Dr. Chengwei Liu is associate professor of strategy and behavioural Science, as well as course director of EMBA Programmes at Warwick Business School’s London base at The Shard. Trained as an economist in Taiwan, Chengwei obtained his Ph.D. at University of Cambridge and taught at University of Oxford, the National University of Singapore, Peking University and Boston University. Chengwei has won more than ten teaching awards and is listed as a next generation of business gurus by Thinkers50.
Chengwei was a speaker at our Diversity Thought Leaders’ event at Warwick Business School in The Shard on 20th November 2017. He shared his work on applying nudge theory to engineer diversity in organisations.
My role at Warwick Business School
I am the course director of our school’s Executive MBA programmes at the London Shard base. I teach the EMBAs the core strategy course and an elective course on the applications of behavioural sciences in management and organisations. I spend the rest of my time doing research.
Engaging biases to overcome more damaging biases
At the Womanthology Diversity Thought Leaders’ event I introduced the concept of “nudging”, which is about engineering choice contexts to “engage a bias” to overcome a more damaging bias.
This is important, so important that Richard Thaler won the 2017 Nobel Prize in Economics for his contribution on nudging, because recent studies show that “working with biases” is more effective than conventional approach of “de-biasing”. However, effective nudges need to be evidence-based: field experiments need to be run when designing specific nudges, otherwise this approach can backfire.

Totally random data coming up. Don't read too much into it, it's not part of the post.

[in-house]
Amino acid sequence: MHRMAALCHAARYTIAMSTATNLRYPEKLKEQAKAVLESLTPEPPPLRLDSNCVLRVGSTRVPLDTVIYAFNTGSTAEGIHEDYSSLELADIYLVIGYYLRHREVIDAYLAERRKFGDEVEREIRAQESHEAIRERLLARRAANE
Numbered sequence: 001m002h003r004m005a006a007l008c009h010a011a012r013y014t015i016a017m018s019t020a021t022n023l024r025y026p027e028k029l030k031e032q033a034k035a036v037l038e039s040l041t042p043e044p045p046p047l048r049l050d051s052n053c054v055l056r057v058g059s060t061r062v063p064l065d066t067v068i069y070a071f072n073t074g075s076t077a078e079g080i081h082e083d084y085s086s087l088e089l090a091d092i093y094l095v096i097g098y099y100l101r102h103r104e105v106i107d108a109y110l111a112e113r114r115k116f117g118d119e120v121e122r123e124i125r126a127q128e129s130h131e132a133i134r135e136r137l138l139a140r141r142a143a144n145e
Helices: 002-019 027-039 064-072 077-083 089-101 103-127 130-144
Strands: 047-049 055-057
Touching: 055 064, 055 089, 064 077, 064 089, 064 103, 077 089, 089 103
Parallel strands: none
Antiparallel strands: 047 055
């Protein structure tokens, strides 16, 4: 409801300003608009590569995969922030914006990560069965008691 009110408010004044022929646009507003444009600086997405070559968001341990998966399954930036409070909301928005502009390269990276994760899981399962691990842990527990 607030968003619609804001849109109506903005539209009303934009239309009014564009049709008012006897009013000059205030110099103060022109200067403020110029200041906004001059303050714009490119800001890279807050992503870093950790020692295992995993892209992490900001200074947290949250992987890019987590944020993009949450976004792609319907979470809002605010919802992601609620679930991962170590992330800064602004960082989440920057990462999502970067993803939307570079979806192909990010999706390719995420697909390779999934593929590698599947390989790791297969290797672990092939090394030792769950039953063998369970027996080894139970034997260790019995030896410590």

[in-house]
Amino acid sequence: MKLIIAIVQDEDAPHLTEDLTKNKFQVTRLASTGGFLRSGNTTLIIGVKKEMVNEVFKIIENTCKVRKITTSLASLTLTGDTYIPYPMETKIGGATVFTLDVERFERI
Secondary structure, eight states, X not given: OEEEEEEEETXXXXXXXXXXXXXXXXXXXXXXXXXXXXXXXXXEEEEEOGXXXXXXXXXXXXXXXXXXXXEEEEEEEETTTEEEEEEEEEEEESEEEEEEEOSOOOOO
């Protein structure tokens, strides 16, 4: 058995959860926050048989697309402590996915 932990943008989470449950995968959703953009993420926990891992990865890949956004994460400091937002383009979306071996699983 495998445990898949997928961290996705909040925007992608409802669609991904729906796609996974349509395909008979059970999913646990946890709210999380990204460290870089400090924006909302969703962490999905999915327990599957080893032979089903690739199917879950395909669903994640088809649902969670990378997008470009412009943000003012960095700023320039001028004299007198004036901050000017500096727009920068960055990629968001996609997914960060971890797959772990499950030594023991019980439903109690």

Decades of research show that managers are subject to systematic biases that can lead to costly errors. For example, people tend to evaluate those who are more similar to themselves more favourably – a homophily bias. Importantly, many of these decision biases are unconscious so people are not aware that their gut feeling or preferences are already polluted before deliberation.
How nudge theory might be applied in a diversity context
My current project is exactly on how to apply nudge theory to engineer diversity in organisations. I recently published an article for the California Management Review, introducing a “Mindspace” framework that consists of nine effective behavioural interventions for managers to utilise when designing their nudges. One of the nine components is “S” or “Salience” in the Mindspace framework.
Our attention is drawn to what is novel and relevant to us, yet “Salience” can sometimes hurt diversity. For example, elite law firms in the UK are over-represented by graduates from Oxbridge. One possible reason is that Oxbridge degrees are so salient that CVs with this cue are more likely to receive further consideration.
Graduates from other schools could prove to be better than (at least some) Oxbridge graduates, but law firms cannot uncover these “hidden gems” unless the recruiters are made to ignore this salient cue. Leading law firm Clifford Chance adopted a “CV blind” policy in an attempt to break this Oxbridge recruitment bias, and the firm managed to find many hidden gems in the underexploited pool of graduates from non-elite universities.
Highlights of the event
I am really impressed by the talks and panel discussions during this evening. In particular, Mark Lomas from HS2 shared how a CV blind policy is implemented at a greater scale at his organisation and leads to dramatic changes in hiring practices. This is an excellent illustration of the power of nudge!
Coming up for me and my work
I am working on my forthcoming book on luck. I’ve studied this concept since my Ph.D. and I empirically show that exceptional performers are likely the luckiest instead of the most skilled. A recent article I wrote for the BBC highlights the essence of my argument “Why you shouldn’t imitate Bill Gates if you want to be rich.”